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Health and Human Service Department Earns Three Awards

January 09, 2015

At Tuesday’s Placer County Board of Supervisors’ meeting, Matt Cate, the Executive Director for the California State Association of Counties, presented three CSAC Challenge Awards to the County’s Health and Human Services Department for innovative and cost-effective programs developed by the county.

“We’re here because Placer County has received three awards,” said Cate. “That’s a terrific accomplishment.”

The three award-winning Health and Human Services programs are: the Co-Occurring Program; the Older Adult Services Coordination Program; and the Human Services Center.

“These awards speak to the Placer model of striving to continually provide the most responsive and cost effective services to our residents,” said Board Chair Kirk Uhler.

Cate noted that receiving even a single award is noteworthy for any county in the state, and that it is unusual for a county to receive three awards. CSAC annually reviews programs and efforts from all 58 counties in the state. 

“We’re excited for our staff to receive this great recognition,” said Placer County Director of Health and Human Services Jeff Brown. “These rewards reflect the superb commitment to develop and implement innovative solutions to best meet the needs of our constituents.”

Placer County’s Co-Occurring Full Service Partnership Program serves individuals with mental health and substance use disorders by engaging them in ongoing services, reducing hospitalizations and emergency services usage. The program’s intent is to reduce expensive and restrictive placements in the County’s Psychiatric Health Facility. In its first year, the program saved $244,718 and reduced placements by 43 percent.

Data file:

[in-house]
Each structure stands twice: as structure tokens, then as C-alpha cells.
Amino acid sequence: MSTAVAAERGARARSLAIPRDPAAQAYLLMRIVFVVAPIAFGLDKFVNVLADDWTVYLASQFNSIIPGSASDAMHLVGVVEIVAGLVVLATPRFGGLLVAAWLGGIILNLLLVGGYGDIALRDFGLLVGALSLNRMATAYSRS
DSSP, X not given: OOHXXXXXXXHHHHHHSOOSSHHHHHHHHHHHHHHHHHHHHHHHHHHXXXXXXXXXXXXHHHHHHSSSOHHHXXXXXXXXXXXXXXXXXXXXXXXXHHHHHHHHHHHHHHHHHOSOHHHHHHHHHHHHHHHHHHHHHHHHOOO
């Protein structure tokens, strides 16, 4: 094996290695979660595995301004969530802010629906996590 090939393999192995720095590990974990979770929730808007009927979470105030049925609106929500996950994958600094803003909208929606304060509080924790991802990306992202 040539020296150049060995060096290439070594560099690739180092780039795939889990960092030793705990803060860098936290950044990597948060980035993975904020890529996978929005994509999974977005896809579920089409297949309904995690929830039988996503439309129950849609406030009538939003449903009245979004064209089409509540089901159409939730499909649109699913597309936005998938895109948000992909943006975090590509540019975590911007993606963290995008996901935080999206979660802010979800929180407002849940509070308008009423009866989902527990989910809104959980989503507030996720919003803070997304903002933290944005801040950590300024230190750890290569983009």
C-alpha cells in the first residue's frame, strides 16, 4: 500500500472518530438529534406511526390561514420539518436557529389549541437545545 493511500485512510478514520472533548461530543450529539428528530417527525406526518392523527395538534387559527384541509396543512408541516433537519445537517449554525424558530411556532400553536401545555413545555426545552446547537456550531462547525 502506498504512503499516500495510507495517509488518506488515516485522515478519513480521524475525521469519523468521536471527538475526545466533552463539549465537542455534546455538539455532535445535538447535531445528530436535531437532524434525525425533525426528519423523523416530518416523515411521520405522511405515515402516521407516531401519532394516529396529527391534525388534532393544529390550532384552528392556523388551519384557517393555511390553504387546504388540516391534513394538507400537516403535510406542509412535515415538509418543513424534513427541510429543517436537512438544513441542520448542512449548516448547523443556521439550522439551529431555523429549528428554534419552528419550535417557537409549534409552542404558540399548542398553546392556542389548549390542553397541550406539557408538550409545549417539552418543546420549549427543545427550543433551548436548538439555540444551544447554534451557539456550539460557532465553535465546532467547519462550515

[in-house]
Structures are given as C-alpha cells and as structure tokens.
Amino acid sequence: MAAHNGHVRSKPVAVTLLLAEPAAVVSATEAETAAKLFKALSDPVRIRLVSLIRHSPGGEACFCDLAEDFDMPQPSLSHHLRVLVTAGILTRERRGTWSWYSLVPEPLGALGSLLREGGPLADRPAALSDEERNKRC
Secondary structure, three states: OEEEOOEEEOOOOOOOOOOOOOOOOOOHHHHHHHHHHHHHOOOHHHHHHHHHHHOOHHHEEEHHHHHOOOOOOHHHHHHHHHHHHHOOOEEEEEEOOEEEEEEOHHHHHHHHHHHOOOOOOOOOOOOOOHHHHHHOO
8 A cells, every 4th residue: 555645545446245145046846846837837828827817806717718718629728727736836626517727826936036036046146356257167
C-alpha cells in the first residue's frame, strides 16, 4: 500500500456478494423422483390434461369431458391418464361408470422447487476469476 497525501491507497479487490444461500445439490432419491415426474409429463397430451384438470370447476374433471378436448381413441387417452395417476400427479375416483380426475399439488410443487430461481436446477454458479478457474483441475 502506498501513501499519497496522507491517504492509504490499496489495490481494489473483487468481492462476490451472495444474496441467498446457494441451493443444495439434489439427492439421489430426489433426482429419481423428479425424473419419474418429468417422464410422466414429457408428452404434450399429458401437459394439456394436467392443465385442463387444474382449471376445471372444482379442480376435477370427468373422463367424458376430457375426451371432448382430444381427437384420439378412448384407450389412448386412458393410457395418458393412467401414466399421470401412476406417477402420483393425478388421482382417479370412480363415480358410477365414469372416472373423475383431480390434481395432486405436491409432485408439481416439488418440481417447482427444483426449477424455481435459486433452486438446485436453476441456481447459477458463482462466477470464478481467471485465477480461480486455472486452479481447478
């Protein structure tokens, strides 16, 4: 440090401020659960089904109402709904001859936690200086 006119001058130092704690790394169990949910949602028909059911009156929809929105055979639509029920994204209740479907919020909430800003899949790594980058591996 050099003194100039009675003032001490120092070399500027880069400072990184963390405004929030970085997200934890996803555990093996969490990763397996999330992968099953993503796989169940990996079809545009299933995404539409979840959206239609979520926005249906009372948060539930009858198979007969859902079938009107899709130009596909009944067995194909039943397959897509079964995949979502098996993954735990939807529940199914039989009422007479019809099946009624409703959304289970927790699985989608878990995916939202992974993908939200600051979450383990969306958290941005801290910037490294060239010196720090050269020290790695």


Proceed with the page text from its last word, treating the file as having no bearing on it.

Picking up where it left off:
As the number of elderly in the community increases, so do the challenges to coordinate care for those with a variety of needs. The county’s Older Adult Services Coordination program integrates public and private service delivery to better serve the county’s aged population. In its first year, the program increased the stability for 25 older adults who would have likely lost their independence, while saving the county $100,000. 

Placer County’s Human Services Center used leading-edge technologies to efficiently deliver public assistance, improve performance and give outstanding customer service. The center maximizes technology, streamlines business processes and improves customer service. The center includes three significant business changes:

  • The county’s call center was the first in California to serve all assistance programs for applications and on-going beneficiaries. The center also received a National Association of Counties Award earlier this year;
  • The Task Based Workload Management/Client Self Service moved from a case-based model to a task-based approach to process applications and on-going benefits. This allowed any staff member to assist an applicant or beneficiary; and  
  • The Lobby Management-Improving Visitor Experience adopted a “greeter” approach for lobbies frequented by Human Services’ clients and visitors. This allows for immediate assistance and reduces wait times. The greeter can take paperwork, provide forms, and divert customers to lobby phones that tie to the call center or to lobby computers to apply online or print needed documents.

These three business changes resulted in streamlining beneficiaries’ application processes, improving customer service, and increasing staff productivity.   

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